A 1930 image of the Karl Albrecht Spiritousen and Lebensmittel shop, Essen. The shop was opened by Karl and Theo Albrecht’s mother; the brothers later founded Aldi
people
Arts and Entertainment
Standing the test of time: Michael J Fox and Christopher Lloyd in 'Back to the Future'
filmA cult movie event aims to immerse audiences of 80,000 in ‘Back to the Future’. But has it lost its magic?
Arts and Entertainment
Flora Spencer-Longhurst as Lavinia, William Houston as Titus Andronicus and Dyfan Dwyfor as Lucius
theatreThe Shakespeare play that proved too much for more than 100 people
News
exclusivePunk icon Viv Albertine on Sid Vicious, complacent white men, and why free love led to rape
PROMOTED VIDEO
News
ebookA unique anthology of reporting and analysis of a crucial period of history
Arts and Entertainment
Stir crazy: Noel Fielding in 'Luxury Comedy 2: Tales from Painted Hawaii'
comedyAs ‘Luxury Comedy’ returns, Noel Fielding on why mainstream success scares him and what the future holds for 'The Boosh'
Life and Style
Flow chart: Karl Landsteiner discovered blood types in 1900, yet scientists have still not come up with an explanation for their existence
lifeAll of us have one. Yet even now, it’s a matter of debate what they’re for
Arts and Entertainment
'Weird Al' Yankovic, or Alfred Matthew, at the 2014 Los Angeles Film Festival Screening of
musicHis latest video is an ode to good grammar. But what do our experts think he’s missed out?
Sport
New Real Madrid signing James Rodríguez with club president Florentino Perez
sportColombian World Cup star completes £63m move to Spain
Travel
Hotel Tour d’Auvergne in Paris launches pay-what-you-want
travelIt seems fraught with financial risk, but the policy has its benefits
Arts and Entertainment
booksThe best children's books for this summer
Life and Style
News to me: family events were recorded in the personal columns
techFamily events used to be marked in the personal columns. But now Facebook has usurped that
News
news
News
i100
Independent
Travel Shop
the manor
Up to 70% off luxury travel
on city breaks Find out more
santorini
Up to 70% off luxury travel
on chic beach resorts Find out more
sardina foodie
Up to 70% off luxury travel
on country retreats Find out more
Latest stories from i100
Have you tried new the Independent Digital Edition apps?
Independent Dating
and  

By clicking 'Search' you
are agreeing to our
Terms of Use.

iJobs Job Widget
iJobs General

Sustainability Manager

Competitive: The Green Recruitment Company: Job Title: Scheme Manager (BREEAM)...

Graduate Sustainability Professional

Flexible, depending on experience: The Green Recruitment Company: Job Title: T...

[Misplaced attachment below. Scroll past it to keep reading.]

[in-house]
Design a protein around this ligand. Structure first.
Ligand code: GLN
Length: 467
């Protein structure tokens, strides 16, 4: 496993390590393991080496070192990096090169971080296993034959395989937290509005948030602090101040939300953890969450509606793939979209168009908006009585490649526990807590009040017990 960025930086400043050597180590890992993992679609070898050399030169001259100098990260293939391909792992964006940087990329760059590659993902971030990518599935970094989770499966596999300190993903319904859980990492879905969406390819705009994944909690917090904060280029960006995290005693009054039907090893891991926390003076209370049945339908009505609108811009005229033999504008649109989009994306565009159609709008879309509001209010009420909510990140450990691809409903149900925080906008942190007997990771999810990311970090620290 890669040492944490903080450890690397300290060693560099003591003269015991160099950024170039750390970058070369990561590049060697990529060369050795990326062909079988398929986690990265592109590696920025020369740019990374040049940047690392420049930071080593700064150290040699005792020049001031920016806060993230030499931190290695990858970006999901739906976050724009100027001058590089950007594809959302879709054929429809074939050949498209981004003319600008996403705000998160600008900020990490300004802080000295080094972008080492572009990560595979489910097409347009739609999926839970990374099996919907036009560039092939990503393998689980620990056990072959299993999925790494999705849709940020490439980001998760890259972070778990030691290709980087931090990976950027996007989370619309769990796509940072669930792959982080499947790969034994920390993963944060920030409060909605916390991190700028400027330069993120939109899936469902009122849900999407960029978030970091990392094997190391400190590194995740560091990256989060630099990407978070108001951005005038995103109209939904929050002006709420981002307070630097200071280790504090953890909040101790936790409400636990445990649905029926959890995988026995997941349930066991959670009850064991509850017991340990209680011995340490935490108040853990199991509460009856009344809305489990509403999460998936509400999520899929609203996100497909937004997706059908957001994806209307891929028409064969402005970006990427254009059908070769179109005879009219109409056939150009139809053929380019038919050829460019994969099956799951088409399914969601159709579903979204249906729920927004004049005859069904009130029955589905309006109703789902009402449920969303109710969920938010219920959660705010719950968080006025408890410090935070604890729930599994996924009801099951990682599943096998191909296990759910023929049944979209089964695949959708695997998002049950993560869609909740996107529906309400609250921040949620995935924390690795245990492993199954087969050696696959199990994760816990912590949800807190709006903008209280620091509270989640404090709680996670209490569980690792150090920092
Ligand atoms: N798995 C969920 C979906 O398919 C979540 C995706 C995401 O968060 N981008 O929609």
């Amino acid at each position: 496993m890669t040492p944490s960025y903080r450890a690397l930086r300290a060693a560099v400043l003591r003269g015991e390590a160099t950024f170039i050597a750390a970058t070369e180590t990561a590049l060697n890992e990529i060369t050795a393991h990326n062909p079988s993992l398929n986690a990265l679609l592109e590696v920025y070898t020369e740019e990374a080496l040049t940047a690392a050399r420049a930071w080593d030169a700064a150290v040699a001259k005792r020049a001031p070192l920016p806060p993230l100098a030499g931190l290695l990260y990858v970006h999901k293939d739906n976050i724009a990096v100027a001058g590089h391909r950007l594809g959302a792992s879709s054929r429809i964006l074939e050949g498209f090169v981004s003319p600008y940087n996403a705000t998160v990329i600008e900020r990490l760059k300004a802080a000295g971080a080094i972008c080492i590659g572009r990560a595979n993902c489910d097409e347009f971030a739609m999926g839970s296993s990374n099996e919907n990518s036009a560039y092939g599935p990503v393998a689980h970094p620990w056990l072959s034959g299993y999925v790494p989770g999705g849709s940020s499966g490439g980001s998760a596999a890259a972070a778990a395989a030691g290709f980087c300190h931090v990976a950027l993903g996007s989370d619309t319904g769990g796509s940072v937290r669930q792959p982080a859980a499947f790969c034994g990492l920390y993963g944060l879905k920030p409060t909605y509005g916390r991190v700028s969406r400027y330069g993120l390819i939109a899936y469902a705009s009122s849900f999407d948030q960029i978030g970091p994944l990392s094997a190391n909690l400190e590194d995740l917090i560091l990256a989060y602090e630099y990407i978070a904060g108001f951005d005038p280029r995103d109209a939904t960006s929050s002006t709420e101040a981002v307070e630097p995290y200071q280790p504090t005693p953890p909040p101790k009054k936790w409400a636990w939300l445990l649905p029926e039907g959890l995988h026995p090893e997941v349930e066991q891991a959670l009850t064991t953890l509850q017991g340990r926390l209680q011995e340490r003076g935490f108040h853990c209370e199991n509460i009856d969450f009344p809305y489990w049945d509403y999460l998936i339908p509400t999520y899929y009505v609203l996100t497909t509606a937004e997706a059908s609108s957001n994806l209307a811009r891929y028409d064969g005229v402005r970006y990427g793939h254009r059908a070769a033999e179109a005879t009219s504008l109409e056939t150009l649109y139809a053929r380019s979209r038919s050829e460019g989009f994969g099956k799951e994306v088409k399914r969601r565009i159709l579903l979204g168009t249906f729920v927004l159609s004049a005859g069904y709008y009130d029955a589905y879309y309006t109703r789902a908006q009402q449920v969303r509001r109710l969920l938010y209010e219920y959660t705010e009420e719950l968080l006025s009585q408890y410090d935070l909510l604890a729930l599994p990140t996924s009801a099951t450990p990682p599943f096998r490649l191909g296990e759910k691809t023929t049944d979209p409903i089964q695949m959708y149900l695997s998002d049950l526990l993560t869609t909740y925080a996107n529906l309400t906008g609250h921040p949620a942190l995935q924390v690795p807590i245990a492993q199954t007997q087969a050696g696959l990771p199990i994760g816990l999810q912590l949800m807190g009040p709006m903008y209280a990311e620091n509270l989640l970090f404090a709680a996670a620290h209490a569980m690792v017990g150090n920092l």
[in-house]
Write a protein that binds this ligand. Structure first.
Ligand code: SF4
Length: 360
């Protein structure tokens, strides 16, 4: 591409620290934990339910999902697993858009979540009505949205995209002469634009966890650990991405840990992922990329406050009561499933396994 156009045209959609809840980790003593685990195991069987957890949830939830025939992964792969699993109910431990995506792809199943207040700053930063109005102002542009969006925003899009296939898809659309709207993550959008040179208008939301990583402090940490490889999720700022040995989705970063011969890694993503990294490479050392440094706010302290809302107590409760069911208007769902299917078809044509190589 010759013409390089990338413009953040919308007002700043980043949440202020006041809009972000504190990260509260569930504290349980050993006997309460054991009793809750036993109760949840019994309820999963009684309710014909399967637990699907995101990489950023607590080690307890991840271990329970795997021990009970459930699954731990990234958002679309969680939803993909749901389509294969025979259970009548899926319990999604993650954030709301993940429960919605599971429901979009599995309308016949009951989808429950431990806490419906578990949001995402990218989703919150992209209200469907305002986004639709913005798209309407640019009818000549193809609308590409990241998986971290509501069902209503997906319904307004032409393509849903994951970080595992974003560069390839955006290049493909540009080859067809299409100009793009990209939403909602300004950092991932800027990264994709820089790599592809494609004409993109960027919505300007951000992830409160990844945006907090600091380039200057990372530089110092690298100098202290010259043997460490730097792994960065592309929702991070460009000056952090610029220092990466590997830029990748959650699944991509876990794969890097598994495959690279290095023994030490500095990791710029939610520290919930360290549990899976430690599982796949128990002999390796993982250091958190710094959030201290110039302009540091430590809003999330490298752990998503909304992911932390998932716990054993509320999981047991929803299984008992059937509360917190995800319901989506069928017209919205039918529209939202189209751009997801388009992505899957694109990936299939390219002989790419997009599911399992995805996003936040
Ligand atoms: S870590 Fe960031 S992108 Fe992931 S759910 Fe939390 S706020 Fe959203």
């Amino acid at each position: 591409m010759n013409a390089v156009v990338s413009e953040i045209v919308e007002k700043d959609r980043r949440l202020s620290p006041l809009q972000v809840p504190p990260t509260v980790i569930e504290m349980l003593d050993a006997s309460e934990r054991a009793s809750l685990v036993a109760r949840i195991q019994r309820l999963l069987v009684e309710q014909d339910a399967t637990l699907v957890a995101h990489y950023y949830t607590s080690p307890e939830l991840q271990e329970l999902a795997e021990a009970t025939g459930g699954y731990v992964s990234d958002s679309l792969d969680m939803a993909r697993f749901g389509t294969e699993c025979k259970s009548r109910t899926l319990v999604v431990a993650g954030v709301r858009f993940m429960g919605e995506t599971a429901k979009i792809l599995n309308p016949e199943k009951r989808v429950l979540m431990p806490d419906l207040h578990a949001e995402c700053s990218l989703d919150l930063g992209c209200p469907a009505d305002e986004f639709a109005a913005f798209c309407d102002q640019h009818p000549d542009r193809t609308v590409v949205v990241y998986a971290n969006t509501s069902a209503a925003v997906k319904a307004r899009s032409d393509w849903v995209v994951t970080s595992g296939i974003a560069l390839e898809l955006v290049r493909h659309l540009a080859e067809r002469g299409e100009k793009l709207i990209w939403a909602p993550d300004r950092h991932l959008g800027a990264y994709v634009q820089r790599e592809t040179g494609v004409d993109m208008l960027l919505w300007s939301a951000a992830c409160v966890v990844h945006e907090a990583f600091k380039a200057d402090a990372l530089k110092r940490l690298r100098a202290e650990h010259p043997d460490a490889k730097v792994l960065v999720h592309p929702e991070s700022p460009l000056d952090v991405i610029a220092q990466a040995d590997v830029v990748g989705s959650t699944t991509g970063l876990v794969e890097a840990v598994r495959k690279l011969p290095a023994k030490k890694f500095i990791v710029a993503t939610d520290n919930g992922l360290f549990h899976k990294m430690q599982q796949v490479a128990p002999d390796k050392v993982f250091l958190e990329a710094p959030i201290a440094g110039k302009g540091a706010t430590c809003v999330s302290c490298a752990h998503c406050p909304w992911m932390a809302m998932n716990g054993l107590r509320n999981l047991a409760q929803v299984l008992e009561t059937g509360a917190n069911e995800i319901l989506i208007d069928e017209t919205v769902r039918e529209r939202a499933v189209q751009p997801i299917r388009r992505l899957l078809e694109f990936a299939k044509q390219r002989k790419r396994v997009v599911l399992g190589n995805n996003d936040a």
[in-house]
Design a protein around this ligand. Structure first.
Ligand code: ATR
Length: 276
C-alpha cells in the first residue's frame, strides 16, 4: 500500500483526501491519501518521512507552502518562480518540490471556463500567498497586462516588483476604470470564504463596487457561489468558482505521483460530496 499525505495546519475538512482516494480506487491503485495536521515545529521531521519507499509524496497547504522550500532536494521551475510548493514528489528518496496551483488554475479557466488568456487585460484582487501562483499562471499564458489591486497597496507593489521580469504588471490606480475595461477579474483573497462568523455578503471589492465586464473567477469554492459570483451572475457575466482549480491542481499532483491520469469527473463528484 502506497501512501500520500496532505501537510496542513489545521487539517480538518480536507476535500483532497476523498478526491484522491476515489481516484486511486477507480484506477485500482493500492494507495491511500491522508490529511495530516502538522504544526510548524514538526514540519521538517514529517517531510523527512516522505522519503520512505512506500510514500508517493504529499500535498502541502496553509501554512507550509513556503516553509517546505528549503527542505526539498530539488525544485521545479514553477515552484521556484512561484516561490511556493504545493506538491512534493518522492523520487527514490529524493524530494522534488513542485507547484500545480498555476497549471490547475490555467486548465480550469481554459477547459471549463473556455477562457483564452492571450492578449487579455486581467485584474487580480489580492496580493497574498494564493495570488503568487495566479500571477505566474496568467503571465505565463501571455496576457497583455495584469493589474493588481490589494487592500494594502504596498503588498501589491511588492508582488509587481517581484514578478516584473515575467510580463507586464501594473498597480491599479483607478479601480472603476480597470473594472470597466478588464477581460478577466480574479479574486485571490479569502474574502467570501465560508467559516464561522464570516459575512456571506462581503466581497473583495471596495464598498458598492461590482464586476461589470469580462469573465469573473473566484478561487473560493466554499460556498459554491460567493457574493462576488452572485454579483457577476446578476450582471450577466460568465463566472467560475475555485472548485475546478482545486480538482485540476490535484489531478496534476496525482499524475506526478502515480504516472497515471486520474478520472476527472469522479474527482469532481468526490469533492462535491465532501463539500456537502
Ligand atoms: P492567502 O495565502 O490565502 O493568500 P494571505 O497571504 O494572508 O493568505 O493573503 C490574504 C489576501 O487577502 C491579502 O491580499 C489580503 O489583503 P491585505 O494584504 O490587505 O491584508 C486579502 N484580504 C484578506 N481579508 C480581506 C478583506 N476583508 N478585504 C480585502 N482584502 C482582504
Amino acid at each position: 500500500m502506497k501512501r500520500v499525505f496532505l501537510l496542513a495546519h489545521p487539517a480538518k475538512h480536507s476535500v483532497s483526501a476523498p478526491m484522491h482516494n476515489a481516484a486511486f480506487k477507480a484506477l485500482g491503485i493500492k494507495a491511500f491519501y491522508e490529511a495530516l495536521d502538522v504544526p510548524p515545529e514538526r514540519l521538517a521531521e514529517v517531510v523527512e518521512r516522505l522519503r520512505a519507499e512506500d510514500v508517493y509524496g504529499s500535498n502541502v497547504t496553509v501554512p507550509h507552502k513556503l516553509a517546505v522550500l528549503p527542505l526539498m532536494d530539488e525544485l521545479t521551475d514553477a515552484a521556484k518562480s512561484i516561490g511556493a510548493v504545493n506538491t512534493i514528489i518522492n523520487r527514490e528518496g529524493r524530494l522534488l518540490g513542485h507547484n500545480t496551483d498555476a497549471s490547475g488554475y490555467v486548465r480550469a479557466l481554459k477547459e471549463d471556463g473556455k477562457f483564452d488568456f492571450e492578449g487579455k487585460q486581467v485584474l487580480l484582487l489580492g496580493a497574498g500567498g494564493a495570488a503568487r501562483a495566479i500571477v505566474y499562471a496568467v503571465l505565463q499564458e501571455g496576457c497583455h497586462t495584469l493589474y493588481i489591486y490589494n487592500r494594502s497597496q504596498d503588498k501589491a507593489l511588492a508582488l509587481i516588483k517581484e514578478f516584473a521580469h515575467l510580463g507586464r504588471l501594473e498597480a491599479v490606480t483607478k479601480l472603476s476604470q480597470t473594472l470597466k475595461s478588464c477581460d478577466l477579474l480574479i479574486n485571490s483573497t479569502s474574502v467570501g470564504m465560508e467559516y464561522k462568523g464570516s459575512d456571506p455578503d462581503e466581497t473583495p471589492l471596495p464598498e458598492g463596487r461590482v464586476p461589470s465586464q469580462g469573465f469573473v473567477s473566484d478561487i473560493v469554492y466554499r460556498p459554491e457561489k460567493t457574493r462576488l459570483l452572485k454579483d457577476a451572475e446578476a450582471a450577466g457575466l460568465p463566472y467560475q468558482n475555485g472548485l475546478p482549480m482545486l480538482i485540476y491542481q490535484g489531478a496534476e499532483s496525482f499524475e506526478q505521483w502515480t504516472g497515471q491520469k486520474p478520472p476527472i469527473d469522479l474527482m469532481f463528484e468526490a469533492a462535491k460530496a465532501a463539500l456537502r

Programme Director - Conduct Risk - London

£850 - £950 per day: Orgtel: Programme Director - Conduct Risk - Banking - £85...

Project Coordinator/Order Entry, SC Clear

£100 - £110 per day: Orgtel: Project Coordinator/Order Entry Hampshire

Day In a Page

Noel Fielding's 'Luxury Comedy': A land of the outright bizarre

Noel Fielding's 'Luxury Comedy'

A land of the outright bizarre
What are the worst 'Word Crimes'?

What are the worst 'Word Crimes'?

‘Weird Al’ Yankovic's latest video is an ode to good grammar. But what do The Independent’s experts think he’s missed out?
Can Secret Cinema sell 80,000 'Back to the Future' tickets?

The worst kept secret in cinema

A cult movie event aims to immerse audiences of 80,000 in ‘Back to the Future’. But has it lost its magic?
Facebook: The new hatched, matched and dispatched

The new hatched, matched and dispatched

Family events used to be marked in the personal columns. But now Facebook has usurped the ‘Births, Deaths and Marriages’ announcements
Why do we have blood types?

Are you my type?

All of us have one but probably never wondered why. Yet even now, a century after blood types were discovered, it’s a matter of debate what they’re for
Honesty box hotels: You decide how much you pay

Honesty box hotels

Five hotels in Paris now allow guests to pay only what they think their stay was worth. It seems fraught with financial risk, but the honesty policy has its benefit
Commonwealth Games 2014: Why weight of pressure rests easy on Michael Jamieson’s shoulders

Michael Jamieson: Why weight of pressure rests easy on his shoulders

The Scottish swimmer is ready for ‘the biggest race of my life’ at the Commonwealth Games
Some are reformed drug addicts. Some are single mums. All are on benefits. But now these so-called 'scroungers’ are fighting back

The 'scroungers’ fight back

The welfare claimants battling to alter stereotypes
Amazing video shows Nasa 'flame extinguishment experiment' in action

Fireballs in space

Amazing video shows Nasa's 'flame extinguishment experiment' in action
A Bible for billionaires

A Bible for billionaires

Find out why America's richest men are reading John Brookes
Paranoid parenting is on the rise - and our children are suffering because of it

Paranoid parenting is on the rise

And our children are suffering because of it
For sale: Island where the Magna Carta was sealed

Magna Carta Island goes on sale

Yours for a cool £4m
Phone hacking scandal special report: The slide into crime at the 'News of the World'

The hacker's tale: the slide into crime at the 'News of the World'

Glenn Mulcaire was jailed for six months for intercepting phone messages. James Hanning tells his story in a new book. This is an extract
We flinch, but there are degrees of paedophilia

We flinch, but there are degrees of paedophilia

Child abusers are not all the same, yet the idea of treating them differently in relation to the severity of their crimes has somehow become controversial
The truth about conspiracy theories is that some require considering

The truth about conspiracy theories is that some require considering

For instance, did Isis kill the Israeli teenagers to trigger a war, asks Patrick Cockburn